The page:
WeHo Without Wheels
Compact and central, West Hollywood is an L.A. environ easily navigated by foot, where pedestrian exploration yields steady pleasures. Stick to major east-west thoroughfares like Sunset, Santa Monica, and Melrose, and north-south streets like Robertson and San Vicente; all are lined with restaurants and retail.
SUNSET BOULEVARD Sunset comes alive at night, though the roving bridge-and-tunnel (er, freeway?) crowd is a far cry from the sexy rockers who populated the Strip in the '60s. While the tourists nurse hangovers, check out the facade of the 1. Whiskey a Go Go nightclub (8901 W. Sunset Blvd.), a venue better seen than heard. Across the street, pay respects at the 2. Viper Room (8852 W. Sunset Blvd.), the club that hosted River Phoenix's last night. A block east is 3. Book Soup (8818 W. Sunset Blvd.), one of the city's best bookstores.
SANTA MONICA BOULEVARD Trek south to Santa Monica Boulevard, the heart of the gay village, where stylish bars like 4. Eleven (8811 Santa Monica Blvd.) and 5. Saint Felix (8945 Santa Monica Blvd.) ply visitors and locals alike. Moving south on San Vicente Boulevard, you can view the ascent of Cesar Pelli's new Red Building, the final structure in the 6. Pacific Design Center (8687 Melrose Ave.), a trilogy of multihued office buildings that house furniture showrooms, a mini art museum, and a Wolfgang Puck restaurant.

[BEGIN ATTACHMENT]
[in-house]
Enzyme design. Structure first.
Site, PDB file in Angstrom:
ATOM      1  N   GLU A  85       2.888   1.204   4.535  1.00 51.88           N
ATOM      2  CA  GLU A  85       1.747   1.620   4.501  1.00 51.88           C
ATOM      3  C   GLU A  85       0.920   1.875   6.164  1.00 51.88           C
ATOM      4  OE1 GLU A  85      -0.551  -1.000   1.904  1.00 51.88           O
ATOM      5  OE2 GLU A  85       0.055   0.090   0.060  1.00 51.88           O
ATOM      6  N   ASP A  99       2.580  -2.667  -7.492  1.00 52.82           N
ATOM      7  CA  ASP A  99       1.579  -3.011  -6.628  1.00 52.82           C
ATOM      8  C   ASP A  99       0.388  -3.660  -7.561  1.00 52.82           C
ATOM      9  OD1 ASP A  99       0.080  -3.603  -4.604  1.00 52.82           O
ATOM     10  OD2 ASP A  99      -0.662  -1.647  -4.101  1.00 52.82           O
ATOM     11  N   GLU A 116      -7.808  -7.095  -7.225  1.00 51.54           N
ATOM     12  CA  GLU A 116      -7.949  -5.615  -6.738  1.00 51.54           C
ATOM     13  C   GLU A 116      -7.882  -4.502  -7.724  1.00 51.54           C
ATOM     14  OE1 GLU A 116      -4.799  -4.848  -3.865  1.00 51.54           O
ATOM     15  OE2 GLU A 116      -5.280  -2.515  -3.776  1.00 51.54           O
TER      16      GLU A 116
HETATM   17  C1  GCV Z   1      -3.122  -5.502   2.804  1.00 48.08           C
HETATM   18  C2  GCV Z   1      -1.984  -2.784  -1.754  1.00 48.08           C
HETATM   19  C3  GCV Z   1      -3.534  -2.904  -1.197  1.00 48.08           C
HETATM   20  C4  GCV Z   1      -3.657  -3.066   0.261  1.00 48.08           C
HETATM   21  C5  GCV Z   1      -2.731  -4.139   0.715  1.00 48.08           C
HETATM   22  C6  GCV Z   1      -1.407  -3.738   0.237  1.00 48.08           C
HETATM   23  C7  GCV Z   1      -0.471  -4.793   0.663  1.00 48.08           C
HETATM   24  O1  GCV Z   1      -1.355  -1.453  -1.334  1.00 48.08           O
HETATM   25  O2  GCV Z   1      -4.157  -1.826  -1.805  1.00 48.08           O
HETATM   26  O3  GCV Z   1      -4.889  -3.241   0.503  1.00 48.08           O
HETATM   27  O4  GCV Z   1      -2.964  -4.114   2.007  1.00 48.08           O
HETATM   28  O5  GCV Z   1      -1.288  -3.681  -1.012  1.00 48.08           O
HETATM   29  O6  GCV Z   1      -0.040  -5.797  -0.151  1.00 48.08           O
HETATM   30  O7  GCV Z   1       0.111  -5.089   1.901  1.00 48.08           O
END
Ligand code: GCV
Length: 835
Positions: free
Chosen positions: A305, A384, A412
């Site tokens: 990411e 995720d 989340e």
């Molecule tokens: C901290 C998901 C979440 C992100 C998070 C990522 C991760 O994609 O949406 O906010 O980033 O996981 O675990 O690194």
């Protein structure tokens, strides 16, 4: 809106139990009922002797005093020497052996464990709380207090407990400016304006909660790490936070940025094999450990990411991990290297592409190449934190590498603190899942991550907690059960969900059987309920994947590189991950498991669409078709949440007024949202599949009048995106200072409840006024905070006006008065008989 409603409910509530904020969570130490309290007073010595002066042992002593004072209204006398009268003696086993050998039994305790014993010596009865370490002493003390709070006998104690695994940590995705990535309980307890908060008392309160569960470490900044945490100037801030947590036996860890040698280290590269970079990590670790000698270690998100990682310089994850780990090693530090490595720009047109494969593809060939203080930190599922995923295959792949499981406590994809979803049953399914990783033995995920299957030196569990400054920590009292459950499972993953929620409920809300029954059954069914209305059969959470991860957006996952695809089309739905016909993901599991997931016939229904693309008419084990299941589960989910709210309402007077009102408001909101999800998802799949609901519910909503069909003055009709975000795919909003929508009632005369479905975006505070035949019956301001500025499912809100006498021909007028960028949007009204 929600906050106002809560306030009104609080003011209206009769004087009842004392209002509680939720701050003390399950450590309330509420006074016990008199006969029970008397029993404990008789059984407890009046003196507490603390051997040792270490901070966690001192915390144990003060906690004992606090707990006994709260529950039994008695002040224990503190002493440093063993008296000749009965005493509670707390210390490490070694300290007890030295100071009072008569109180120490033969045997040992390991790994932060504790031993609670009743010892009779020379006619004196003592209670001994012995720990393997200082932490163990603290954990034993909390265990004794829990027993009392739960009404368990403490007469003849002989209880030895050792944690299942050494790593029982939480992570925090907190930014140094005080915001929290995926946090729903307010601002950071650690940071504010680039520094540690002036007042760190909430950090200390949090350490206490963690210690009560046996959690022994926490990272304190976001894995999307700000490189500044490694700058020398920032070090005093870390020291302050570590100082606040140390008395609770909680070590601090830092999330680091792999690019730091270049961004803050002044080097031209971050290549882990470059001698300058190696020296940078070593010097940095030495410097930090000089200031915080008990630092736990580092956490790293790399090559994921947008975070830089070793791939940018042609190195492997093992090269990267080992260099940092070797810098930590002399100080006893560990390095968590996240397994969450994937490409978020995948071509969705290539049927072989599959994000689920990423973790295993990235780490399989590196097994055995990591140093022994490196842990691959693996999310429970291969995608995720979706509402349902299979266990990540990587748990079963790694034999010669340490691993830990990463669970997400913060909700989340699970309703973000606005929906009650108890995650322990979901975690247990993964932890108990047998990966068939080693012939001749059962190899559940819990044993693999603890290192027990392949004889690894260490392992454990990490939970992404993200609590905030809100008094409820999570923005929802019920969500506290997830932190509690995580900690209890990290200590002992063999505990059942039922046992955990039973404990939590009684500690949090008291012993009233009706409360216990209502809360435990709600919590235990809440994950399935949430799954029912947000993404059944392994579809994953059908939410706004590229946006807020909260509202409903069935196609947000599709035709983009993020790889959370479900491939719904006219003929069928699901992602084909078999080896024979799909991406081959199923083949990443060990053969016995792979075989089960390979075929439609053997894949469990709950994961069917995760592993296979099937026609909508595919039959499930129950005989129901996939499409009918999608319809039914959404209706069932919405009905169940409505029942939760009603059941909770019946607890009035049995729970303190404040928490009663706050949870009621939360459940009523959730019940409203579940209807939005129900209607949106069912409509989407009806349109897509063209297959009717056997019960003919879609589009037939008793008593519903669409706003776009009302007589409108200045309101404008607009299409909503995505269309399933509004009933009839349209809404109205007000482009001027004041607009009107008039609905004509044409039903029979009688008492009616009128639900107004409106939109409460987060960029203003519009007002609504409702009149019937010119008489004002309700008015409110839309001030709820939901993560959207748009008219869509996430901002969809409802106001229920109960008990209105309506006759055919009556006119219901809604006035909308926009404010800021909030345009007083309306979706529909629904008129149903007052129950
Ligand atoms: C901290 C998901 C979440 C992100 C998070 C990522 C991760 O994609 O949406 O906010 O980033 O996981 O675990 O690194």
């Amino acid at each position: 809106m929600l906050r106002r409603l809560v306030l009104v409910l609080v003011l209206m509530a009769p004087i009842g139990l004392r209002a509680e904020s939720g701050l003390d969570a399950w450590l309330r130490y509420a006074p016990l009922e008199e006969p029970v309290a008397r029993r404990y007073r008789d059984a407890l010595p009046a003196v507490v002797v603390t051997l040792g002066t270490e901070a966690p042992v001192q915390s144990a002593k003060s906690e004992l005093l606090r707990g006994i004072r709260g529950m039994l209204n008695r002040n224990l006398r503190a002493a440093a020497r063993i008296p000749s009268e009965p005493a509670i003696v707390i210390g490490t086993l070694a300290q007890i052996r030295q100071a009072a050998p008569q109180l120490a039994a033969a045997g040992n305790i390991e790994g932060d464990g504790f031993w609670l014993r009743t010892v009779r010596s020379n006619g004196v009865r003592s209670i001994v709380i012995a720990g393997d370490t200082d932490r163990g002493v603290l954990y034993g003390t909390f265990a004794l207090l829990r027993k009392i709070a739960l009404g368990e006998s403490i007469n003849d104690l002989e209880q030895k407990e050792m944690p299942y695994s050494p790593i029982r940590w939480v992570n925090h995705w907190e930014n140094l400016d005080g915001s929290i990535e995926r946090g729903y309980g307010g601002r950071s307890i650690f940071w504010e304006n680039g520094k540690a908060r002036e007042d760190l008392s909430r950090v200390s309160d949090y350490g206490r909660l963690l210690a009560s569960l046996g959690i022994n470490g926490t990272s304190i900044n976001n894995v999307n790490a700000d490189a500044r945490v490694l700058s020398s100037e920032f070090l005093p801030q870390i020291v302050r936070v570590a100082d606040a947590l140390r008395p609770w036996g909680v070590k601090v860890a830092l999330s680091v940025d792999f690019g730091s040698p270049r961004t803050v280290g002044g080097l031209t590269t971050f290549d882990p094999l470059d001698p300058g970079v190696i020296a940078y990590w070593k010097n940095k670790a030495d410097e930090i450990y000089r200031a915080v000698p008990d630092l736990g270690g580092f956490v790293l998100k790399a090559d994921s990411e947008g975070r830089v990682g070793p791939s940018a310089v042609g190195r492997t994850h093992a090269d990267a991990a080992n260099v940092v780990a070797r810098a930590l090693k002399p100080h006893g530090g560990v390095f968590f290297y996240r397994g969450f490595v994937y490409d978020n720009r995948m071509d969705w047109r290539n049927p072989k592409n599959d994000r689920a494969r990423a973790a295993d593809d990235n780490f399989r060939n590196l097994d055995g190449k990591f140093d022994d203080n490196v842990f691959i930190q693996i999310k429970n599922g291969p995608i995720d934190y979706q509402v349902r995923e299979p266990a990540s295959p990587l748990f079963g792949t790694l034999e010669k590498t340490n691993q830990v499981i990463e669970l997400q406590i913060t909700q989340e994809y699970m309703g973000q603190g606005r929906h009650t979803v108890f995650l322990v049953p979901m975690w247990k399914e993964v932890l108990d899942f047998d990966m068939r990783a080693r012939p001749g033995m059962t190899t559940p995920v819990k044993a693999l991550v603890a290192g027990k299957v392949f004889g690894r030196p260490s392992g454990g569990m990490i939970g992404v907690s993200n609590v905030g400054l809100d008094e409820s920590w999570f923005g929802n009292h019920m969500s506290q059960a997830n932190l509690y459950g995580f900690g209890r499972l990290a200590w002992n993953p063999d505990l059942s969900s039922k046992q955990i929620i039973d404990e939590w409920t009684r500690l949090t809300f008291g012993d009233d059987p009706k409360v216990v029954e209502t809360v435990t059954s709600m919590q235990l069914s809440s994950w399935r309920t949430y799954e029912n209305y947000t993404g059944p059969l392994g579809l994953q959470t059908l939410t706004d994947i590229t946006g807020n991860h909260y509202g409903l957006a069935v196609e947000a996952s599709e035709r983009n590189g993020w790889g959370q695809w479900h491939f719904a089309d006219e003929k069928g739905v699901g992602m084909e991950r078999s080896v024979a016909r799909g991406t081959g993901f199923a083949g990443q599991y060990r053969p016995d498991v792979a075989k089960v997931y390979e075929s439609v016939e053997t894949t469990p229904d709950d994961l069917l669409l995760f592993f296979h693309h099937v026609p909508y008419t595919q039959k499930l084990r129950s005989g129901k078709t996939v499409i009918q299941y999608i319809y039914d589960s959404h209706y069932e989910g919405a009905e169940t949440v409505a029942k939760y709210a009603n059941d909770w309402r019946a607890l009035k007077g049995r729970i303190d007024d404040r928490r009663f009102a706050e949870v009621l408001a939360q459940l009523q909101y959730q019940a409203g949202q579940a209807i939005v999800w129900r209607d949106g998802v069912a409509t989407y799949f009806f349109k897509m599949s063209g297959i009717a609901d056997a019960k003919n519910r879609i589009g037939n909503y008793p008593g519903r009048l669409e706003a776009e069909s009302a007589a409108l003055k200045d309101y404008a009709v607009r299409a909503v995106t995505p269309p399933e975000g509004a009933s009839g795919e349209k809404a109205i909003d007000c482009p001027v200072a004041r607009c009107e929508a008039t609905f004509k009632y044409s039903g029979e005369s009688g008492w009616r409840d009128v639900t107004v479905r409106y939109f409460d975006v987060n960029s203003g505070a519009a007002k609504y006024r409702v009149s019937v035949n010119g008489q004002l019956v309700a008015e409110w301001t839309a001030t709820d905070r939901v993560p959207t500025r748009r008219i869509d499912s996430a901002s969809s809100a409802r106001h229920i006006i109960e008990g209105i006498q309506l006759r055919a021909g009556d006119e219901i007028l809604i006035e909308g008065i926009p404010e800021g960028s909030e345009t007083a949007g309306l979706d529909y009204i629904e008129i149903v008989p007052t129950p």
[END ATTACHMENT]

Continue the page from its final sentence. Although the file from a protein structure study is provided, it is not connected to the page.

MELROSE AVENUE At the foot of the PDC's Blue Building is Melrose Avenue, one of Los Angeles's prettiest streets. 7. Dr. Tea's Tea Garden and Herbal Emporium (8612 Melrose Ave.) has the best stuff from China, and a sublime backyard zen garden. The nearby 8. Urth Caffé (8565 Melrose Ave.) features quintessential California food, and lunch won't run you more than $15. Heading west toward Beverly Hills, you'll hit Robertson Boulevard. The itinerant paparazzi and their prey operate south of Melrose; this northerly stretch is calmer and more urbane. Boutiques like 9. John Varvatos (8800 Melrose Ave.) and 10. Maxfield (8825 Melrose Ave.) sit near the intersection of Robertson and Melrose.
ROBERTSON BOULEVARD Walking north up Robertson brings you past West Hollywood Park, where there's almost always a shirtless game of pickup basketball going on. Next door is the gothic-themed 11. Abbey (692 N. Robertson Blvd.), arguably the most famous gay bar in the country, and without question the epicenter of gay WeHo, with massive drinks and plentiful eye candy.